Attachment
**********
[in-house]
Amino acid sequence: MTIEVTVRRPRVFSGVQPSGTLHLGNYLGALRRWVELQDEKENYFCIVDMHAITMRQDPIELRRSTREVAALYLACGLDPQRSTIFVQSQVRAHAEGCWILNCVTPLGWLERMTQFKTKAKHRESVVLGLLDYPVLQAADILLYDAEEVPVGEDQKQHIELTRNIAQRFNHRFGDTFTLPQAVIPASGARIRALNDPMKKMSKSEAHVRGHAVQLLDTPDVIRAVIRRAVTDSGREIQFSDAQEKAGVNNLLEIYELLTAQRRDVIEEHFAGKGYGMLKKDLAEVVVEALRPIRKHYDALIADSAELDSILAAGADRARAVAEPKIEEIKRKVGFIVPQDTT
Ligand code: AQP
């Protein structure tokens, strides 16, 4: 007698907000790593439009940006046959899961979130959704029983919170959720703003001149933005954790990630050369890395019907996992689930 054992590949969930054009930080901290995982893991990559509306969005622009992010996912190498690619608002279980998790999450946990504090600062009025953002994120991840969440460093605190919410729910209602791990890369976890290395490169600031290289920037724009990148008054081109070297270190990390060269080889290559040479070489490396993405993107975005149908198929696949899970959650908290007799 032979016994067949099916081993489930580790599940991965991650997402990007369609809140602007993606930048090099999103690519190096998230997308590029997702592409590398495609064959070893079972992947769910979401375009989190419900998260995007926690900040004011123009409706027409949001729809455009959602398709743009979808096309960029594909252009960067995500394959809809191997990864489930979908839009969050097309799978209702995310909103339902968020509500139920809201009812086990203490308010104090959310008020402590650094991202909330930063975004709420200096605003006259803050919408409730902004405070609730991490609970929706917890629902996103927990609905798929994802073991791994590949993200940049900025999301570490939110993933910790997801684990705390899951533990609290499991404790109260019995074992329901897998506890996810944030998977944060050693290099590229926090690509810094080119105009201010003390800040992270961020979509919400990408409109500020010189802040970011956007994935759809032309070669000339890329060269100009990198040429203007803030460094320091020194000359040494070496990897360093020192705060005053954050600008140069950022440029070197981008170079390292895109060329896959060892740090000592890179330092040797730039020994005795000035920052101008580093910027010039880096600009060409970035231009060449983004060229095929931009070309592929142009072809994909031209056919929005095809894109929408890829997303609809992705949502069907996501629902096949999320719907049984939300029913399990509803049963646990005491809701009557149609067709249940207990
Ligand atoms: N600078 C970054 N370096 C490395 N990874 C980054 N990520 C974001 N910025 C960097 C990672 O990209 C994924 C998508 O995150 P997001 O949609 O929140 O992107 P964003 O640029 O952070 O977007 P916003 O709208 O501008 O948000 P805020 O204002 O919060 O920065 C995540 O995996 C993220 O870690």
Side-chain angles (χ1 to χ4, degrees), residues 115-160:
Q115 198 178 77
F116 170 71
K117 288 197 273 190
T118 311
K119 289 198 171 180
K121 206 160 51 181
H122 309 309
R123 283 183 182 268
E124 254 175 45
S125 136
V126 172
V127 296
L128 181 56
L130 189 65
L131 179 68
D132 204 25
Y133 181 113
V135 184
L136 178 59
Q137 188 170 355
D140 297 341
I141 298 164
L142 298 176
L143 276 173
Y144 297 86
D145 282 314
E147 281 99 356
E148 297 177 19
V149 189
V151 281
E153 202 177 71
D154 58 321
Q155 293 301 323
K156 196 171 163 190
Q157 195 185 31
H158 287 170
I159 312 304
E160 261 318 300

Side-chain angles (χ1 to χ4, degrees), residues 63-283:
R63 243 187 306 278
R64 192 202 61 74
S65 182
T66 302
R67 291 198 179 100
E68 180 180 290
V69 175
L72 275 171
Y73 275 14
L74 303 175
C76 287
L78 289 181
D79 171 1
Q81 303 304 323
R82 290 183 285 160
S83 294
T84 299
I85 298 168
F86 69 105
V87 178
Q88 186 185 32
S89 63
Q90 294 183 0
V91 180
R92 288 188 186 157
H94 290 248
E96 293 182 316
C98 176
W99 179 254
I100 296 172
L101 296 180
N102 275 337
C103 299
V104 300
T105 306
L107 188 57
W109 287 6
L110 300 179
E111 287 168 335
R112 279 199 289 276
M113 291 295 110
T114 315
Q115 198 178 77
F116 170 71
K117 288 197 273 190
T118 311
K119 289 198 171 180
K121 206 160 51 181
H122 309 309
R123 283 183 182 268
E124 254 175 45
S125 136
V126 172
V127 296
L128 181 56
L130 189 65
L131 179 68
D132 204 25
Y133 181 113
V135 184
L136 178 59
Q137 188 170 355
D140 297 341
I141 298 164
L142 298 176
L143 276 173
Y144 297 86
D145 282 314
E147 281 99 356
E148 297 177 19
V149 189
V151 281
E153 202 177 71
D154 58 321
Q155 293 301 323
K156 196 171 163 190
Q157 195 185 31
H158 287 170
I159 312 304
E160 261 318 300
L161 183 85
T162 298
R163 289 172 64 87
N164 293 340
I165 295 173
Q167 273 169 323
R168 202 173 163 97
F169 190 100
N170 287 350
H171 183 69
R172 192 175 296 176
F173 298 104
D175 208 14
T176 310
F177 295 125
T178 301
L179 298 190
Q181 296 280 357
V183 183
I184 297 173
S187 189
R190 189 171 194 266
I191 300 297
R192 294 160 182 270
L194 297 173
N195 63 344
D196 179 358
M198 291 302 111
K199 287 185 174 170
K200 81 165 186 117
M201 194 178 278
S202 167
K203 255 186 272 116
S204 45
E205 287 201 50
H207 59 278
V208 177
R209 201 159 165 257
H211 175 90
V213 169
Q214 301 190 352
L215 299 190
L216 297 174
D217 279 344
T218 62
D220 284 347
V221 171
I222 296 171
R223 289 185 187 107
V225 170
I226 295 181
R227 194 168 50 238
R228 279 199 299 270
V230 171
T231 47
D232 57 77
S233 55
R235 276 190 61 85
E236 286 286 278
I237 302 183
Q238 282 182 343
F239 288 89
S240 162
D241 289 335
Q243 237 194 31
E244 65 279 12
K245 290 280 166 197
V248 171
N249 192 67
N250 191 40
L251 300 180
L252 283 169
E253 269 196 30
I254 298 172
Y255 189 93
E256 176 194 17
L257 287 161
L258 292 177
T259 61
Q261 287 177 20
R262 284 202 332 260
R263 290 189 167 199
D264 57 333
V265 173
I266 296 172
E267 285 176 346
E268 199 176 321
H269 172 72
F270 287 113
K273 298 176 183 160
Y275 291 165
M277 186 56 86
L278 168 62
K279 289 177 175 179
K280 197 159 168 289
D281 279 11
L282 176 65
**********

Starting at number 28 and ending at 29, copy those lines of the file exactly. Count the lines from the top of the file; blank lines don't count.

I141 298 164
L142 298 176